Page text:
“The botched strike on the night of Oct. 30, 2003 wound up being the ‘original sin’ of U.S. involvement in the Waygal,” a state department official later told Morgan.

Operation Mountain Resolve

A week later the 10th Mountain Division launched Operation Mountain Resolve, a four-day push into the Waygal to assess the success of the strikes and engage remaining fighters. The crews of the Pennsylvania Guard flew many of the missions of Mountain Resolve, inserting the 10th Mountain troops on November 7 and resupplying them through the week.

It was on a resupply mission that Murphy and his crew were called to Objective Winchester to pick up troops who had detained several men there.

The 10th Mountain troops in the photo, from the division’s Company B, 2nd Battalion, 22nd Infantry Regiment, spent that night at Winchester and then left, according to articles in an Army newsletter produced during the operation.

It would not be the last time the U.S. would be in the Waygal. In 2006, US troops returned to the valley, where they were met with far stiffer resistance and resentment among the population that, Morgan wrote in “Hardest Place,” U.S. officials traced to the 2003 strike.

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In the following years, near-constant combat in the Waygal was some of the fiercest of the war, including fighting that resulted in at least two Medals of Honor. Within just a few miles of Winchester, a 2007 battle near outpost Bella led to Army Sgt. Kyle White receiving the Medal, while the Battle of Wanat in 2008 saw Sgt. Ryan Pitts awarded it as well.

Pennsylvania to Bagram

The Chinook helicopter is a heavy-lift aircraft that became the Army’s main cargo and troop transport option during the wars in Afghanistan and Iraq. Its tandem-rotor design, with engines turning two main rotors, proved indispensable in the high mountains of Afghanistan, where roads were few and lower-powered helicopters struggled in the thin air. Though the Army briefly grounded its fleet of Chinooks in 2022 for an engine repair, it was the primary cargo platform for the Army for wars in Afghanistan and Iraq.

In 2003, Murphy’s unit was initially mobilized to deploy to Iraq but rerouted to Afghanistan and based at Kandahar Airfield. In October, part of their unit was sent to Bagram Airfield to support Operation Mountain Resolve in northeastern Afghanistan.

Though the war was just two years old in 2003, the Pennsylvania Guard crews were all highly experienced, Murphy said, with an average age of around 40. Some of the pilots on the rotation had logged hours as Huey pilots in Vietnam.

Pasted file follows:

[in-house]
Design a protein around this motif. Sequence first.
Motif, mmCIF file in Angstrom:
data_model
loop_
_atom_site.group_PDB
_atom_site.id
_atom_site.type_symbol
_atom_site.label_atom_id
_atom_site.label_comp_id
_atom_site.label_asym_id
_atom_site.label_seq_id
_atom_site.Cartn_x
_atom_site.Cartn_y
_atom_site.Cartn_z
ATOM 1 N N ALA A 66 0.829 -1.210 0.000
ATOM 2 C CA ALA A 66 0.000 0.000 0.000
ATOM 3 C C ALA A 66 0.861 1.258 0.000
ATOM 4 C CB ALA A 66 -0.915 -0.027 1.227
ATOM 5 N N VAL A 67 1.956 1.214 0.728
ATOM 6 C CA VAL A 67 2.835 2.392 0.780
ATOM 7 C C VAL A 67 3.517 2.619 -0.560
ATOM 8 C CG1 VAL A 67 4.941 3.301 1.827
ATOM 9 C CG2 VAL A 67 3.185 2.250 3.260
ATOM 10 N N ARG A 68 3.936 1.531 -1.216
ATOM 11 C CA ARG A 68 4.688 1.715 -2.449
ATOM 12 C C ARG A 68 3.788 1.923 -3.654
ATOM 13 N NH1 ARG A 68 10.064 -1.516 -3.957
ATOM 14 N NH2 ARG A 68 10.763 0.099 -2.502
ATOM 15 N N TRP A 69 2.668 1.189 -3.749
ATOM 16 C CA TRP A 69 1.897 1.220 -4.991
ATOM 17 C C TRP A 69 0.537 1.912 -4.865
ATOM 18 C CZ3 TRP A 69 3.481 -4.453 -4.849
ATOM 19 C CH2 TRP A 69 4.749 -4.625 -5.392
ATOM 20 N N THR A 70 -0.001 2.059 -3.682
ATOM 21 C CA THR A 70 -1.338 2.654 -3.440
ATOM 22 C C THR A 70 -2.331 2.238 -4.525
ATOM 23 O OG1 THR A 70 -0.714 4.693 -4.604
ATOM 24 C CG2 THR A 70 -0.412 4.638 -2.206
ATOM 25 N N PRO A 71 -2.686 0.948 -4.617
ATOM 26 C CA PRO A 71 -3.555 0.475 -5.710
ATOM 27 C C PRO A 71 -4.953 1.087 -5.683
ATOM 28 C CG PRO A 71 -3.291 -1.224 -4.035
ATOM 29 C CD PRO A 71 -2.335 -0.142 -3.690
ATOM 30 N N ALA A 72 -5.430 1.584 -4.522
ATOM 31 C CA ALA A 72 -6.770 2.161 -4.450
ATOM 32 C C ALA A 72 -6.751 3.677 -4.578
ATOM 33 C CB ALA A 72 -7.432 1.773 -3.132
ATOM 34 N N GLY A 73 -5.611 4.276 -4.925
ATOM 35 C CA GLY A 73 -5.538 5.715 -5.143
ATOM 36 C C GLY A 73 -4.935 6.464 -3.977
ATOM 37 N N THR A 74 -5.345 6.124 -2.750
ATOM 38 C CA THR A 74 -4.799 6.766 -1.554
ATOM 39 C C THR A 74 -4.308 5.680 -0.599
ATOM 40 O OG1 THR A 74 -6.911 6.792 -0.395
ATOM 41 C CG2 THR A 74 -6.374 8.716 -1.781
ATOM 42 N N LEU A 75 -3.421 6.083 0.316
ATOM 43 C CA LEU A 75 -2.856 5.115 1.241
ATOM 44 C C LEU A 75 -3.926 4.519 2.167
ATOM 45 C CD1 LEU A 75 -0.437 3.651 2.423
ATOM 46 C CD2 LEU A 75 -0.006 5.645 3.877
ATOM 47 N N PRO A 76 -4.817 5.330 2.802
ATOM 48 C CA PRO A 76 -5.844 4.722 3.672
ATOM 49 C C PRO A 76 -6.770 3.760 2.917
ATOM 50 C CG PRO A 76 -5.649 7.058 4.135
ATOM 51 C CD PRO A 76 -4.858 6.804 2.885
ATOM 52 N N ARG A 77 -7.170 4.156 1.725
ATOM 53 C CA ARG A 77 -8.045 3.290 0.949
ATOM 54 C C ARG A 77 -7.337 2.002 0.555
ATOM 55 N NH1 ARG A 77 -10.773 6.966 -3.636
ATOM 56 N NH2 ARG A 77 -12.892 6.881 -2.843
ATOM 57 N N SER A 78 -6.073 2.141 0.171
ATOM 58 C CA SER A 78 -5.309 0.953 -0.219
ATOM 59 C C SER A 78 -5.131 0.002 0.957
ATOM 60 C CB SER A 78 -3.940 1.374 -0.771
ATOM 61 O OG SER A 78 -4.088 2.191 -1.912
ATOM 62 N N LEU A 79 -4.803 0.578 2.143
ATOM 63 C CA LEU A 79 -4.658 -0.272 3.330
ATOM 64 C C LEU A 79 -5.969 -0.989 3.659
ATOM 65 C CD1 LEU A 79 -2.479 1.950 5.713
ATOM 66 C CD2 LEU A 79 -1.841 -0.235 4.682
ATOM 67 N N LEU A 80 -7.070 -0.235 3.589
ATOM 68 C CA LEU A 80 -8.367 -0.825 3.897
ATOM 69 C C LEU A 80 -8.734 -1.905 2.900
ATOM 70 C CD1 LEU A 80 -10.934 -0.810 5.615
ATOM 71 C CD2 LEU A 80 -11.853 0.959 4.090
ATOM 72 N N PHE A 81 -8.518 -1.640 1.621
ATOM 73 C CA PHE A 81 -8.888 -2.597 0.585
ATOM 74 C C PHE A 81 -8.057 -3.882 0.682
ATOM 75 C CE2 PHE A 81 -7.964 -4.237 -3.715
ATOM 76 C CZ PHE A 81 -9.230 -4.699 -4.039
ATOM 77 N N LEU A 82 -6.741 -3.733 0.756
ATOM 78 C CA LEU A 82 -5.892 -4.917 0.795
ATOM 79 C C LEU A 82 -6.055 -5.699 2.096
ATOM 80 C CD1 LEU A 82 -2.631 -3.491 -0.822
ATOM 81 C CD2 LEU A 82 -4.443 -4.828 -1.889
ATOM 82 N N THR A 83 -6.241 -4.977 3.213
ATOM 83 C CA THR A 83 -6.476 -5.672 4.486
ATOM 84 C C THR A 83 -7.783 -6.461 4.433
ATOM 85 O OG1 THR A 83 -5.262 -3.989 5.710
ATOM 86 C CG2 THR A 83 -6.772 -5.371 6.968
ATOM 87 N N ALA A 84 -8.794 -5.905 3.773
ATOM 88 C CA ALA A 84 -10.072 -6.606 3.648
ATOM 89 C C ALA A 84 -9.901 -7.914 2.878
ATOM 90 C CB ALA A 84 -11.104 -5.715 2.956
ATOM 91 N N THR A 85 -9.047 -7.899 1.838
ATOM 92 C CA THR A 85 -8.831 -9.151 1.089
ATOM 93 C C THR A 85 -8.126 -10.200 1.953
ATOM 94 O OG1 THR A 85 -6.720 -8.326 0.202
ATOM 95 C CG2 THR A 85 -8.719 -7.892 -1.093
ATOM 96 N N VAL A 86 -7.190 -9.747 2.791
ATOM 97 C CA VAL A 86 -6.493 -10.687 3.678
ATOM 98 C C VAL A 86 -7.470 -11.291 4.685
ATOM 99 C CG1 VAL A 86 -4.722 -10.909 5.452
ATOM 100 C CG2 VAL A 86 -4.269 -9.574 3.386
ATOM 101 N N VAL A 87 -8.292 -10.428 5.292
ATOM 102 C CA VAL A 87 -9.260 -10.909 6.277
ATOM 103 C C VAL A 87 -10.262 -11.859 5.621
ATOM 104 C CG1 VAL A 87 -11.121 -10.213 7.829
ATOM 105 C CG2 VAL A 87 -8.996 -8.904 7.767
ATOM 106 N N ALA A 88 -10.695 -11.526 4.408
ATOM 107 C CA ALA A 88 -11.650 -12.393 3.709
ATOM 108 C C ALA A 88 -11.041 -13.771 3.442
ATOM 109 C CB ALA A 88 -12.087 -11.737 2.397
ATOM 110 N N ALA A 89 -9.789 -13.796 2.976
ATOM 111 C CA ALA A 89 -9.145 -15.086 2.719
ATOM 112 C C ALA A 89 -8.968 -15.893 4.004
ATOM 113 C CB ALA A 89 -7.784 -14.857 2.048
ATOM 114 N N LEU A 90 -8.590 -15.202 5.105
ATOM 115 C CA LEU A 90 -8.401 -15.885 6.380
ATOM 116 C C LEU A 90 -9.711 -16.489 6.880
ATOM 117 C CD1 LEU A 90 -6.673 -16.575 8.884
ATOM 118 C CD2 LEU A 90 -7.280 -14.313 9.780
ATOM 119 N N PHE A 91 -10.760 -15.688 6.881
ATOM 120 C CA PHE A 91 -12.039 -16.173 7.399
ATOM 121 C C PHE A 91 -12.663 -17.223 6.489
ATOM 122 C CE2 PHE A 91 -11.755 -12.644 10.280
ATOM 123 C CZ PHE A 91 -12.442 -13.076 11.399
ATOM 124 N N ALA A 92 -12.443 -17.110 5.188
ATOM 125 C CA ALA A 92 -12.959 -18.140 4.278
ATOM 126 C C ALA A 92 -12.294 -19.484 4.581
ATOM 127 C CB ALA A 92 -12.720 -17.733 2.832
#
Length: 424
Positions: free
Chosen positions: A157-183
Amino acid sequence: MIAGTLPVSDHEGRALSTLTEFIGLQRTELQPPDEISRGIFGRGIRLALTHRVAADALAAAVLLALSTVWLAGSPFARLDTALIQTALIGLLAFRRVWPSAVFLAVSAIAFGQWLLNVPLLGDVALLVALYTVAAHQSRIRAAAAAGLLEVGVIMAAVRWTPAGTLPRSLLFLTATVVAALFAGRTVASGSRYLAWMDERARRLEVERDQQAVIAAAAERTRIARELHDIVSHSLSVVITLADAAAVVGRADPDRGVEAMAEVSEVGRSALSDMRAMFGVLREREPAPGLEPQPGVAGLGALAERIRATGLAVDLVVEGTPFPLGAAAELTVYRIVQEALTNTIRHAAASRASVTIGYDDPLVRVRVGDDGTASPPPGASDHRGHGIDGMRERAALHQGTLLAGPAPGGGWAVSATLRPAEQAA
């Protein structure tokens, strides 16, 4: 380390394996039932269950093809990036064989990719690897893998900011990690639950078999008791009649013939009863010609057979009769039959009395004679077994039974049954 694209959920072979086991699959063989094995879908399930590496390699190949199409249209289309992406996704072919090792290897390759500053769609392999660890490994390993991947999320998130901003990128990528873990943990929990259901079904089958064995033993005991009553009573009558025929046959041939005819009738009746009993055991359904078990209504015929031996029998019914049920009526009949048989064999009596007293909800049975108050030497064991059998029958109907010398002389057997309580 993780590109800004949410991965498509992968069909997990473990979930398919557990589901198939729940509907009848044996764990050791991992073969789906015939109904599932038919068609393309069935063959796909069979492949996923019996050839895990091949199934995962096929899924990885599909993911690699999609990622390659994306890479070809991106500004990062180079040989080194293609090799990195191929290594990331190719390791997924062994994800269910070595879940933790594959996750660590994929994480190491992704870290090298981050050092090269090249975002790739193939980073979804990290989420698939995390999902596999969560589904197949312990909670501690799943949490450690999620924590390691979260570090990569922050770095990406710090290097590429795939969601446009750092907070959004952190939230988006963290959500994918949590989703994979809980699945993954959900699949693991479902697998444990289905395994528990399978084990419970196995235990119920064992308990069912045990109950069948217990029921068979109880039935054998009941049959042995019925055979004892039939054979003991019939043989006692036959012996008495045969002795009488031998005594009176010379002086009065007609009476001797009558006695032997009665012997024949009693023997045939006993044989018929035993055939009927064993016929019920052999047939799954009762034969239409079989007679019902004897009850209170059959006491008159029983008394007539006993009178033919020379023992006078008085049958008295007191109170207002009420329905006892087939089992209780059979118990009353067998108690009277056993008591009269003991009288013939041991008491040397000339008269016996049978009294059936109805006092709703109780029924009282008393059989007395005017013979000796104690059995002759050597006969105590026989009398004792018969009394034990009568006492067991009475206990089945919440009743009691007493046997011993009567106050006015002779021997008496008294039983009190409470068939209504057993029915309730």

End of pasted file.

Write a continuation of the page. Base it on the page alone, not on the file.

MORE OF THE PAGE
The forward-deployed crews spent several days conducting resupply missions. It was on one of those missions that Murphy and Barnes were called in to assist in an evacuation from a mountainside village.

“The only reason all this happened is because there was a combat cameraman with that unit who happened to catch this point in time,” said Murphy who piloted the CH-47 Chinook helicopter. “The things that I had done on that deployment, that was probably the third or fourth most complicated thing that I did, but there was nobody to capture the other ones.”

iconic photo afghanistan pilot
Chief Warrant Officer 3 Larry Murphy of the Pennsylvania National Guard’s Company G, 104th Aviation Regiment poses for a photo during his deployment to Afghanistan in 2003. (Photo courtesy of Larry Murphy)

Outside of the military, Murphy was a full-time EMS pilot with Keystone Helicopters, which transferred patients to and from Eastern Pennsylvania hospitals. He served 39 years between active duty and the National Guard and retired in 2013 as a chief warrant officer 4. Murphy now lives in North Carolina.

Barnes did not fly as a civilian but worked as an IT manager for a construction company. After 21 years with the Pennsylvania National Guard, he retired in 2004 as a chief warrant officer 4. He now lives in Grantville, Pennsylvania.

“Just about every year it pops up or somebody sends it to me,” Barnes said. “I saw it on a book cover, so I read the book, but there was nothing in it about that mission. It’s a cool memory to have and a little 15 minutes of fame thing.”

UPDATE: (Nov. 12, 2023): This story was updated with information on Objective Winchester and Operation Mountain Resolve provided after original publication by journalist Wesley Morgan.